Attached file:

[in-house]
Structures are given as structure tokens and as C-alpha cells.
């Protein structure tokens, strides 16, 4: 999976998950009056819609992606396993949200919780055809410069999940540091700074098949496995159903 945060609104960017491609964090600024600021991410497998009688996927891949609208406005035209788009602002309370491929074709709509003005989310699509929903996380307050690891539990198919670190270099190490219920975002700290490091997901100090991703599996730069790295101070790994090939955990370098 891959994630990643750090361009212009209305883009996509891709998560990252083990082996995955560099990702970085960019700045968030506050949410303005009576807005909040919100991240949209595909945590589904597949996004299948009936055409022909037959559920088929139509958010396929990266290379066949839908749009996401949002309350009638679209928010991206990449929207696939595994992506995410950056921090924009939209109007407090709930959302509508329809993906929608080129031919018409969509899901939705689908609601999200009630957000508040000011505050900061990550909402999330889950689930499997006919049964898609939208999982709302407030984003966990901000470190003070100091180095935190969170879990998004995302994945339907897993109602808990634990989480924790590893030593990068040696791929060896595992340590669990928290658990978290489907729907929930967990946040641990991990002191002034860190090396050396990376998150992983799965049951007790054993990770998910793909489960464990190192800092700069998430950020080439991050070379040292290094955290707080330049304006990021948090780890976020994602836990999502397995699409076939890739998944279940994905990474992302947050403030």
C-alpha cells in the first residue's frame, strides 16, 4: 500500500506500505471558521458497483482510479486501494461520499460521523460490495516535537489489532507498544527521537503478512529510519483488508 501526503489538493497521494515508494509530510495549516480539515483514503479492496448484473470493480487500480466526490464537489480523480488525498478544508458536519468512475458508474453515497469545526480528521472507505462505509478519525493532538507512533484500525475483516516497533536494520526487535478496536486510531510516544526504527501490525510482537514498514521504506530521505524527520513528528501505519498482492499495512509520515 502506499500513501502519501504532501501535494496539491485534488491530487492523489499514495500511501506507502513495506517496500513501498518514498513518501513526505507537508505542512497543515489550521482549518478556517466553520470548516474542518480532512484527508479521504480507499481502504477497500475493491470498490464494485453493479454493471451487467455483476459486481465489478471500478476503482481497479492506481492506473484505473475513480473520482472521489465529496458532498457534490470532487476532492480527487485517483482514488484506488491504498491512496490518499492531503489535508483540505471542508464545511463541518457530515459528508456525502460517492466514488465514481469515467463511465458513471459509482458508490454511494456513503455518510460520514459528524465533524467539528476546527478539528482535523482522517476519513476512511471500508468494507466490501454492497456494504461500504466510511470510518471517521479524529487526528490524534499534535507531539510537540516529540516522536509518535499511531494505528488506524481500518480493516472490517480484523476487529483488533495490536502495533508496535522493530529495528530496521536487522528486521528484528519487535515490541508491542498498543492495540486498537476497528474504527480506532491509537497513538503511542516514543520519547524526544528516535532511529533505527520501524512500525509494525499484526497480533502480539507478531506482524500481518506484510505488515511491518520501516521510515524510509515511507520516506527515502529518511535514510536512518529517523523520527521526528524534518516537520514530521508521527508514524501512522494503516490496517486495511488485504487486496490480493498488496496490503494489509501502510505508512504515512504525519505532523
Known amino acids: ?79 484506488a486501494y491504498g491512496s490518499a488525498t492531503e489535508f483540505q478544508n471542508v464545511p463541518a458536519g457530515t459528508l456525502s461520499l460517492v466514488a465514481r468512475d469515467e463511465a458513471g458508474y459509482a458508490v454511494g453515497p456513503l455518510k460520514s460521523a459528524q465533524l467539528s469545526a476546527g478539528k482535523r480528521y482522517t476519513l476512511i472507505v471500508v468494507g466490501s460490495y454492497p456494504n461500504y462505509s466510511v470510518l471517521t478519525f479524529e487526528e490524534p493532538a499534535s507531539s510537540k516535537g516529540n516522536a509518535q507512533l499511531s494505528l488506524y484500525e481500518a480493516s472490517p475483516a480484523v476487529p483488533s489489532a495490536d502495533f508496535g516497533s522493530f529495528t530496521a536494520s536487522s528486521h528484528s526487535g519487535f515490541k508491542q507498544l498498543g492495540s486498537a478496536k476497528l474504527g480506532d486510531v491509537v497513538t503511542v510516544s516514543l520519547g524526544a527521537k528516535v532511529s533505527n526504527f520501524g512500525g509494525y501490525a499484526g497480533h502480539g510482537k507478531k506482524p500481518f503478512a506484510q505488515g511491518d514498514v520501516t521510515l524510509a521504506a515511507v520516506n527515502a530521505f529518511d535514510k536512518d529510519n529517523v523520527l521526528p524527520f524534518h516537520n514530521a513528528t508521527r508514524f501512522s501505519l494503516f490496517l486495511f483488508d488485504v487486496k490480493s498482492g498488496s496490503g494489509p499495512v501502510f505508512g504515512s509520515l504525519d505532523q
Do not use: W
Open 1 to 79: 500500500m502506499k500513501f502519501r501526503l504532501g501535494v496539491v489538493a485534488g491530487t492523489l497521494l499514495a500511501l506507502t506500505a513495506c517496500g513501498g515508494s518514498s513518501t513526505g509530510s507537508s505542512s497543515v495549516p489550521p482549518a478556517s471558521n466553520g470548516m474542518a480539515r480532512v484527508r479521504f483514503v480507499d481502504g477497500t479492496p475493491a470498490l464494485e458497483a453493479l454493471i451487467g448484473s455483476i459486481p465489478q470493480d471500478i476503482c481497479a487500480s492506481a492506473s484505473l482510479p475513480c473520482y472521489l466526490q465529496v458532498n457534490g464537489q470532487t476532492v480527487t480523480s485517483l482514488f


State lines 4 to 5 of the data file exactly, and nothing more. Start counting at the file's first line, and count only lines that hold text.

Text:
C-alpha cells in the first residue's frame, strides 16, 4: 500500500506500505471558521458497483482510479486501494461520499460521523460490495516535537489489532507498544527521537503478512529510519483488508 501526503489538493497521494515508494509530510495549516480539515483514503479492496448484473470493480487500480466526490464537489480523480488525498478544508458536519468512475458508474453515497469545526480528521472507505462505509478519525493532538507512533484500525475483516516497533536494520526487535478496536486510531510516544526504527501490525510482537514498514521504506530521505524527520513528528501505519498482492499495512509520515 502506499500513501502519501504532501501535494496539491485534488491530487492523489499514495500511501506507502513495506517496500513501498518514498513518501513526505507537508505542512497543515489550521482549518478556517466553520470548516474542518480532512484527508479521504480507499481502504477497500475493491470498490464494485453493479454493471451487467455483476459486481465489478471500478476503482481497479492506481492506473484505473475513480473520482472521489465529496458532498457534490470532487476532492480527487485517483482514488484506488491504498491512496490518499492531503489535508483540505471542508464545511463541518457530515459528508456525502460517492466514488465514481469515467463511465458513471459509482458508490454511494456513503455518510460520514459528524465533524467539528476546527478539528482535523482522517476519513476512511471500508468494507466490501454492497456494504461500504466510511470510518471517521479524529487526528490524534499534535507531539510537540516529540516522536509518535499511531494505528488506524481500518480493516472490517480484523476487529483488533495490536502495533508496535522493530529495528530496521536487522528486521528484528519487535515490541508491542498498543492495540486498537476497528474504527480506532491509537497513538503511542516514543520519547524526544528516535532511529533505527520501524512500525509494525499484526497480533502480539507478531506482524500481518506484510505488515511491518520501516521510515524510509515511507520516506527515502529518511535514510536512518529517523523520527521526528524534518516537520514530521508521527508514524501512522494503516490496517486495511488485504487486496490480493498488496496490503494489509501502510505508512504515512504525519505532523
Known amino acids: ?79 484506488a486501494y491504498g491512496s490518499a488525498t492531503e489535508f483540505q478544508n471542508v464545511p463541518a458536519g457530515t459528508l456525502s461520499l460517492v466514488a465514481r468512475d469515467e463511465a458513471g458508474y459509482a458508490v454511494g453515497p456513503l455518510k460520514s460521523a459528524q465533524l467539528s469545526a476546527g478539528k482535523r480528521y482522517t476519513l476512511i472507505v471500508v468494507g466490501s460490495y454492497p456494504n461500504y462505509s466510511v470510518l471517521t478519525f479524529e487526528e490524534p493532538a499534535s507531539s510537540k516535537g516529540n516522536a509518535q507512533l499511531s494505528l488506524y484500525e481500518a480493516s472490517p475483516a480484523v476487529p483488533s489489532a495490536d502495533f508496535g516497533s522493530f529495528t530496521a536494520s536487522s528486521h528484528s526487535g519487535f515490541k508491542q507498544l498498543g492495540s486498537a478496536k476497528l474504527g480506532d486510531v491509537v497513538t503511542v510516544s516514543l520519547g524526544a527521537k528516535v532511529s533505527n526504527f520501524g512500525g509494525y501490525a499484526g497480533h502480539g510482537k507478531k506482524p500481518f503478512a506484510q505488515g511491518d514498514v520501516t521510515l524510509a521504506a515511507v520516506n527515502a530521505f529518511d535514510k536512518d529510519n529517523v523520527l521526528p524527520f524534518h516537520n514530521a513528528t508521527r508514524f501512522s501505519l494503516f490496517l486495511f483488508d488485504v487486496k490480493s498482492g498488496s496490503g494489509p499495512v501502510f505508512g504515512s509520515l504525519d505532523q